Generally, mistakes are caused thru negligence or a lack of insight, and by human nature difficult to acknowledge. Most people can aptly admit simple mistakes while attempting to correct the status quo. However, when the required results were generated through intentional deceit or subterfuge the dynamics change.
Our criminal justice system does not tolerate unsolved crimes or cold cases, hence delivering results at any cost becomes essential for case investigators. However, a lack of integrity while probing, solving, and prosecuting a crime is in itself a crime.
The path to personal success is typically measured in results. Advancement at the expense of others might be deemed a competitive spirit in the business community, but within our justice system, it confirms corruption. Our criminal justice
system has been turned into a business, with innocent people and families as the bottom line. And there is little to fear of being held accountable for any corrupt behavior.
Unethical conduct persists due to qualified immunity, a judicial doctrine enacted by the Supreme Court in the 1960s that protects public officials from liability, even when they break the law. The doctrine has no valid legal basis, it regularly denies justice to victims whose rights have been violated, and it severely undermines official accountability, especially for members of law enforcement.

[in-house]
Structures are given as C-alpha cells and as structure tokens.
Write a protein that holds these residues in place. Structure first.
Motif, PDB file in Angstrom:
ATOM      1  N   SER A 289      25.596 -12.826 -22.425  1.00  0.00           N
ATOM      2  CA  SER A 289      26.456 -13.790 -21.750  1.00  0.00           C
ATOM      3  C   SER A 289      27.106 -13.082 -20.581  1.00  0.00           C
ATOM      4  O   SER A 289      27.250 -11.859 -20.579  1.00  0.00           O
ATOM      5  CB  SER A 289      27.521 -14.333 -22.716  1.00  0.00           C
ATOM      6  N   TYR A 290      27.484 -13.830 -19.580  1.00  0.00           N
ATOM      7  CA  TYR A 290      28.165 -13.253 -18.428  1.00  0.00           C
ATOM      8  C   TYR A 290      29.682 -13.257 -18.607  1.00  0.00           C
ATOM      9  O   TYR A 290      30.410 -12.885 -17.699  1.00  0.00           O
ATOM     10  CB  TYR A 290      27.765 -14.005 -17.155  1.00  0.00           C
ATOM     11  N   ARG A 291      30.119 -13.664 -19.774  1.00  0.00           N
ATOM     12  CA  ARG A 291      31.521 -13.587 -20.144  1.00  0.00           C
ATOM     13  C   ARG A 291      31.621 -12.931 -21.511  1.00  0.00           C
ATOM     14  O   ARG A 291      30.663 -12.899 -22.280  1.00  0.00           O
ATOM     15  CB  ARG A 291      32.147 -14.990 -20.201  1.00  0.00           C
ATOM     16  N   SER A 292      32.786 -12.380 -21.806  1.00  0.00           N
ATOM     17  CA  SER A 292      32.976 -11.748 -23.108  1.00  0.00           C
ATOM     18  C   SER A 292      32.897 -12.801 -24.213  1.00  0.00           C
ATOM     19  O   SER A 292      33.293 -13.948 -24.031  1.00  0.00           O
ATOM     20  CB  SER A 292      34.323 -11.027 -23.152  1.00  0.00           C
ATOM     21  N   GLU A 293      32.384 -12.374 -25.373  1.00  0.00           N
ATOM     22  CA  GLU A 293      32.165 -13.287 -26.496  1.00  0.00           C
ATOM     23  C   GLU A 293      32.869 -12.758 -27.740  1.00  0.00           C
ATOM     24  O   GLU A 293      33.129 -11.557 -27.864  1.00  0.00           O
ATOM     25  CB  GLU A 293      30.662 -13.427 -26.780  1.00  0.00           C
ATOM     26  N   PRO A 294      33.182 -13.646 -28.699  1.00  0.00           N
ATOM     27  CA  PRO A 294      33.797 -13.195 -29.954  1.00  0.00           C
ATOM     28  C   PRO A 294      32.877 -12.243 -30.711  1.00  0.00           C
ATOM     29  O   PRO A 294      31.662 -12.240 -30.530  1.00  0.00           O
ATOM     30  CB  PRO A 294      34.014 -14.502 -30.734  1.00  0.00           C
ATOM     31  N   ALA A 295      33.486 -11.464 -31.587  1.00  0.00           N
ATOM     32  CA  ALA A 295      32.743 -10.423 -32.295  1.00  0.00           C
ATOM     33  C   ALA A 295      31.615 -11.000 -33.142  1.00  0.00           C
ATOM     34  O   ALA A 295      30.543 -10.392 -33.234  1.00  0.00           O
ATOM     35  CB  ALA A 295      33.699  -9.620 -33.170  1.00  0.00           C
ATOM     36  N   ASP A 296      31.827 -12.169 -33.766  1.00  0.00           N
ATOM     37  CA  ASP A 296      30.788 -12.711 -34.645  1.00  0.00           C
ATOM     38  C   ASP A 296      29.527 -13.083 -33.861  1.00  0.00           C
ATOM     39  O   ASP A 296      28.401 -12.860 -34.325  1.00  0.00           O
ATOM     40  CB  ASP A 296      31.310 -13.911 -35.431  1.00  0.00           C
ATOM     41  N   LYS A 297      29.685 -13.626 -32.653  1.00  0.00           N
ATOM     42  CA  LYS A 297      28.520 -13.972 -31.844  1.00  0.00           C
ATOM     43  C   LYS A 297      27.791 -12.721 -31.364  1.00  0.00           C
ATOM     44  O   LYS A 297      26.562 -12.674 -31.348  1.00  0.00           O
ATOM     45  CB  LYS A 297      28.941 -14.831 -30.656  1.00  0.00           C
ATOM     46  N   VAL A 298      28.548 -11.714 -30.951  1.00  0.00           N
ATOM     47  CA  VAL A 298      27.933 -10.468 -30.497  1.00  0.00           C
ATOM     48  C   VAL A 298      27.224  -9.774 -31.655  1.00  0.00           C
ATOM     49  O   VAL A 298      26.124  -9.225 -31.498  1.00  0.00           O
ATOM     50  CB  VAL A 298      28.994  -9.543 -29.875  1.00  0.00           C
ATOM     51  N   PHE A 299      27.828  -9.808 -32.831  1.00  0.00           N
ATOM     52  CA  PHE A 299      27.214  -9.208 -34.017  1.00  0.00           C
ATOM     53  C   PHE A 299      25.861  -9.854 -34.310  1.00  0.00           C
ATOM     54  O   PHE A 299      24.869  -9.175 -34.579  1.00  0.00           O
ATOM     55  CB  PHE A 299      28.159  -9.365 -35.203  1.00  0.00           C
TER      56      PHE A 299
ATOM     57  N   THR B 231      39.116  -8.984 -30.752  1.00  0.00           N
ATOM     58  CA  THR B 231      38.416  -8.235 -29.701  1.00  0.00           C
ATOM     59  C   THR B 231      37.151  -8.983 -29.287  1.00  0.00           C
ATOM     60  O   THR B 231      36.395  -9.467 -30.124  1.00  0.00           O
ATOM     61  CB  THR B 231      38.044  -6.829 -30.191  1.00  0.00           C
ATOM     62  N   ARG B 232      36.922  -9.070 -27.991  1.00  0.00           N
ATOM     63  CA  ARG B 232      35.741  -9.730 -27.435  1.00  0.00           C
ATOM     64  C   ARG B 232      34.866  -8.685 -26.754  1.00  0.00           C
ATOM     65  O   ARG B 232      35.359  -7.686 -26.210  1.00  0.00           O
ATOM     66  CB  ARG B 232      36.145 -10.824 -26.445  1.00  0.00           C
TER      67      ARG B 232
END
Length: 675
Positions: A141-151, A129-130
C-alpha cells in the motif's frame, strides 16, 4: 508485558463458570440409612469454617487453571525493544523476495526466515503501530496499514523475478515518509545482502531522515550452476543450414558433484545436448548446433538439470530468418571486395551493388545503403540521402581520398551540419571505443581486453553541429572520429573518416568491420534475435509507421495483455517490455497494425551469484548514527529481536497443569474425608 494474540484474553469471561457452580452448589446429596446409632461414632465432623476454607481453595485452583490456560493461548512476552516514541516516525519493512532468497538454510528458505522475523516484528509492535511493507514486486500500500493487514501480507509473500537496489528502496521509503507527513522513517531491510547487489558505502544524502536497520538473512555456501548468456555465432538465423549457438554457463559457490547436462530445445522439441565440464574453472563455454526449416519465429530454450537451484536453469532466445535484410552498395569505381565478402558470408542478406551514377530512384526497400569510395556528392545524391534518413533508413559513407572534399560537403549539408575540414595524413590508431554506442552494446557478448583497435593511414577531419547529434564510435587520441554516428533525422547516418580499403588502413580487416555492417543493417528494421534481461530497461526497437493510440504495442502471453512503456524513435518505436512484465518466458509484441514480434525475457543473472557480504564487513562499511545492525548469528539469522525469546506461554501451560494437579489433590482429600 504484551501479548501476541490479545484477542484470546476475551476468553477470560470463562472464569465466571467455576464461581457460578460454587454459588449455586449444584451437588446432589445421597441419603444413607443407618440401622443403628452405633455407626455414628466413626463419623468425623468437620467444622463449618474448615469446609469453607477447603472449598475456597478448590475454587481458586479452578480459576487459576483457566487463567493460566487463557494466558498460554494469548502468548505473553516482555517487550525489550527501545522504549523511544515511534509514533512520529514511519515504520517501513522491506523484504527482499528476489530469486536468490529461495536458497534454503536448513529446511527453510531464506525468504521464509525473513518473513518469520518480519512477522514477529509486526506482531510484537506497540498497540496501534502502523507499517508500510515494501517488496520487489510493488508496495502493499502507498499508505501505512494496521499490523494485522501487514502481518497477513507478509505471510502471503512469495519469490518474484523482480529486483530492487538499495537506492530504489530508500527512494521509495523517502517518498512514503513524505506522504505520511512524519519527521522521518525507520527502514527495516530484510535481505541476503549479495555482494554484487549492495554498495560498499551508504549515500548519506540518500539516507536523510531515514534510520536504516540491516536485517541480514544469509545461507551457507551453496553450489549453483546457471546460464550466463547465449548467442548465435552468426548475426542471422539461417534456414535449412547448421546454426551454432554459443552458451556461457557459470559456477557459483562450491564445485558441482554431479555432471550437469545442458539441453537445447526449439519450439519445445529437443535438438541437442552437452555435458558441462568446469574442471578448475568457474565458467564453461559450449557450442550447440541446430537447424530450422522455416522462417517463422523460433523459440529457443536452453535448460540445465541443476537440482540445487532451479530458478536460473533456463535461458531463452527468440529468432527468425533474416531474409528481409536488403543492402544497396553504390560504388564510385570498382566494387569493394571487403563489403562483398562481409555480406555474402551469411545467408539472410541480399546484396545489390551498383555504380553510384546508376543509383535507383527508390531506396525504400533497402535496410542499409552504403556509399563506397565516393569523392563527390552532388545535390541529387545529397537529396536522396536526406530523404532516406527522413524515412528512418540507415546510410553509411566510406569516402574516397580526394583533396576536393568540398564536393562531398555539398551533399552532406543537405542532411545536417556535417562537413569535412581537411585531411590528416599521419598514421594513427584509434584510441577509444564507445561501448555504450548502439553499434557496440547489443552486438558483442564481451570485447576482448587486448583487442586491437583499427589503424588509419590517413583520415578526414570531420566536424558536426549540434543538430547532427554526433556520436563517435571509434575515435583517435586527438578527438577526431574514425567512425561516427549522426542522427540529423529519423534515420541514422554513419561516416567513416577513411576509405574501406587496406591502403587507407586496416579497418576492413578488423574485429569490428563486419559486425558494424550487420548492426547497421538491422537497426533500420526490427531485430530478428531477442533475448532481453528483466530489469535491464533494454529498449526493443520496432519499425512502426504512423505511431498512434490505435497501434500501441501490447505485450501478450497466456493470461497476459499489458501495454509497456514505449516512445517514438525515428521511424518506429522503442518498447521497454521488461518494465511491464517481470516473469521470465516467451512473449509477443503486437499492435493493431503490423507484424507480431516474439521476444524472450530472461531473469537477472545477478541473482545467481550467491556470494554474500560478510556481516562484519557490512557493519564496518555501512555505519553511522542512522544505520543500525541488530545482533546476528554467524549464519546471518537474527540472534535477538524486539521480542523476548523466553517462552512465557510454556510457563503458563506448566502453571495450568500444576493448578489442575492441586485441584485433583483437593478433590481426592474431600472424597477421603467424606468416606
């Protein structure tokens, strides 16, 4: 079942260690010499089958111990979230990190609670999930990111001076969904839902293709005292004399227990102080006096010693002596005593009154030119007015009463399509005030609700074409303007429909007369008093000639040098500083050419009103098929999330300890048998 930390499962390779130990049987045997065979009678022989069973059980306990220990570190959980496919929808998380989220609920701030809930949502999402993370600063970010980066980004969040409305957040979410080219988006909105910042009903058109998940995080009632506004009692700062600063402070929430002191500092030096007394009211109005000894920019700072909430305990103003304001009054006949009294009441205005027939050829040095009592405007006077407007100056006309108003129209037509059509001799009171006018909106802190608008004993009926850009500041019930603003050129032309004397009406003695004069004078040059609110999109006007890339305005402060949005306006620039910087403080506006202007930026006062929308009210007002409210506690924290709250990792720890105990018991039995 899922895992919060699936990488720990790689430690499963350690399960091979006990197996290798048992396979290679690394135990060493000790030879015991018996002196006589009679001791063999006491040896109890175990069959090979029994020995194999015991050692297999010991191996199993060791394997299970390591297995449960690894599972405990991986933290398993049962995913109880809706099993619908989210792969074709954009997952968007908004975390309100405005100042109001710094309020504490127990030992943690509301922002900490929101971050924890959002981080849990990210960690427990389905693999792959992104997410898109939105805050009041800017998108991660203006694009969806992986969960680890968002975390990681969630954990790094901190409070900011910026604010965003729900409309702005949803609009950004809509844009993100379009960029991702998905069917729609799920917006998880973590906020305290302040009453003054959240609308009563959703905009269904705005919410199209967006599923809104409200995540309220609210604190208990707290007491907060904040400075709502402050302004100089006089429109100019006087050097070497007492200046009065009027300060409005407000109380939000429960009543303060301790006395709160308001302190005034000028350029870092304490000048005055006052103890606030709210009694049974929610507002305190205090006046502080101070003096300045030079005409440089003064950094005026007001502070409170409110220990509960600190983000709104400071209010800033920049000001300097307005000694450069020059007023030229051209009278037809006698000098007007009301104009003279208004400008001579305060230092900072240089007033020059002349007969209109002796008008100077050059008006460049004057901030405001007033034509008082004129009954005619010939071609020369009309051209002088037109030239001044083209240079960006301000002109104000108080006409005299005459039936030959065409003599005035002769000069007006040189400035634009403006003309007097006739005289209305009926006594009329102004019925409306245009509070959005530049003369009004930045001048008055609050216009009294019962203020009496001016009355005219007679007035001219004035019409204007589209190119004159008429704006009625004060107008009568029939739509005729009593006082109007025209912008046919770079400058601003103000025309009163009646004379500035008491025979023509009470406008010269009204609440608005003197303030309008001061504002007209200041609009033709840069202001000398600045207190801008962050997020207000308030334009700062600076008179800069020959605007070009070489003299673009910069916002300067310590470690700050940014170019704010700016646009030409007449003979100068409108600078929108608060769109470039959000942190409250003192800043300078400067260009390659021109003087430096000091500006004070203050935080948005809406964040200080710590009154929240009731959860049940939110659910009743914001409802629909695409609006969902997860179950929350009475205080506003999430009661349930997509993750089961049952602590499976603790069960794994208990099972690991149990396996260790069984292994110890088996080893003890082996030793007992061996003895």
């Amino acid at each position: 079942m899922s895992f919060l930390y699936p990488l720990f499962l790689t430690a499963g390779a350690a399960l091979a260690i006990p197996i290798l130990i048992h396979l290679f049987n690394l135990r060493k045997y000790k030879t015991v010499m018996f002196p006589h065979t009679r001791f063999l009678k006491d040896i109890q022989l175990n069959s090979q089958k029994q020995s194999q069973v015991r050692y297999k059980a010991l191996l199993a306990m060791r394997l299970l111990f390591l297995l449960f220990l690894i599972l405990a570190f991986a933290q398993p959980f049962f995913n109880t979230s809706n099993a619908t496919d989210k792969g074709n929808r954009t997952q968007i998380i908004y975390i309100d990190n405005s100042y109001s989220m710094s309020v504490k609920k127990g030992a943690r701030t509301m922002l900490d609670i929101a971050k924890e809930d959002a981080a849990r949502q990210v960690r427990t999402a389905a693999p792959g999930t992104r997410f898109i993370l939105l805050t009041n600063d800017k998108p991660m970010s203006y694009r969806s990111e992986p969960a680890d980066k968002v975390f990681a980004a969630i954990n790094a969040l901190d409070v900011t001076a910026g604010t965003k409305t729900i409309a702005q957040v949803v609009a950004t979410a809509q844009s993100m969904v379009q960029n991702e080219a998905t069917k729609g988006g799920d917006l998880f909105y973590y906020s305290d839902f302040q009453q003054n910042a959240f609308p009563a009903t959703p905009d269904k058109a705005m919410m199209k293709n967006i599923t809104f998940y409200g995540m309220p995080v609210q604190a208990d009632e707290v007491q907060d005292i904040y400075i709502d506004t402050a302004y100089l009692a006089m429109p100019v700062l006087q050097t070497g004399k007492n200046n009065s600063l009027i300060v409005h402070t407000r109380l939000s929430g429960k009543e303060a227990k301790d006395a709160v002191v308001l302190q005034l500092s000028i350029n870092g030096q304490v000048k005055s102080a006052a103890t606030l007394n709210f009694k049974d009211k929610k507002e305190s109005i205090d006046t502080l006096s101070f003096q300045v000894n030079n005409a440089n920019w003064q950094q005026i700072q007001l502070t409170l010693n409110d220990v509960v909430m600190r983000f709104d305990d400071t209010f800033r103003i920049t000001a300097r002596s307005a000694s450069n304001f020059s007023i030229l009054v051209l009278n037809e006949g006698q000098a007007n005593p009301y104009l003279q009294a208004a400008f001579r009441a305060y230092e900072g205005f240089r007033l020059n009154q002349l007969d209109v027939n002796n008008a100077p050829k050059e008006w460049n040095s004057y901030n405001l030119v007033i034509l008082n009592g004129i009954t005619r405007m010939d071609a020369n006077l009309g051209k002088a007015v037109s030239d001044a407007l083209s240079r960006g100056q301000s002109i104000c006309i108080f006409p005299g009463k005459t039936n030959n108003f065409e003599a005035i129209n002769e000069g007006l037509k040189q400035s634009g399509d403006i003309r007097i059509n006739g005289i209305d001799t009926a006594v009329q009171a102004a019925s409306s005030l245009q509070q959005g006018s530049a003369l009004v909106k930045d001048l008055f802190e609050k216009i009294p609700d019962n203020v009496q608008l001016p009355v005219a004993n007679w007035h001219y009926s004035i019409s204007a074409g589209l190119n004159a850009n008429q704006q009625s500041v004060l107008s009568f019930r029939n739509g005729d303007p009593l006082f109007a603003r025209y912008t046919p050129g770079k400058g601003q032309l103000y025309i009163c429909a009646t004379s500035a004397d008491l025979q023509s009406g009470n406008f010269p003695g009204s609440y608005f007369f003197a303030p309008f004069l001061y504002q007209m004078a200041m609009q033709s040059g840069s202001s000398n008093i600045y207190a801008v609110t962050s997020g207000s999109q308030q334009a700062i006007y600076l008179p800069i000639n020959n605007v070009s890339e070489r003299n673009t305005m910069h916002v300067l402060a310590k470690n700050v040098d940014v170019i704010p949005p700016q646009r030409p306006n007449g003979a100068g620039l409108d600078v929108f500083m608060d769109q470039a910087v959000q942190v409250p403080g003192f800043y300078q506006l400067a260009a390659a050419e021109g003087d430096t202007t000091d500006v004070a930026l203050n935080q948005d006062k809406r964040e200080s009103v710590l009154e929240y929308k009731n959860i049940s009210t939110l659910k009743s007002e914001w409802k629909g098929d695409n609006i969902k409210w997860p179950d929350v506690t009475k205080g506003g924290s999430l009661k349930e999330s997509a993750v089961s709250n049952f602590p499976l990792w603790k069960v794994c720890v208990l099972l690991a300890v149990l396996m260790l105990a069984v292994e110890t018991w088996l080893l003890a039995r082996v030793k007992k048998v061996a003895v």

A wrongful conviction is profoundly embarrassing for any States Attorney’s office. Aside from the cost of prosecution, reparations typically result in multimillion-dollar settlements at taxpayer expense. Publicly admitting that a mistake was made takes an act of God, especially if case tampering or judicial misconduct was involved.
Police, prosecutorial or judicial misconduct is a paradox, as those involved depend on patronage or the sanction of their peers. In other words, turning a blind eye to the fact that case evidence was manipulated to obtain a conviction.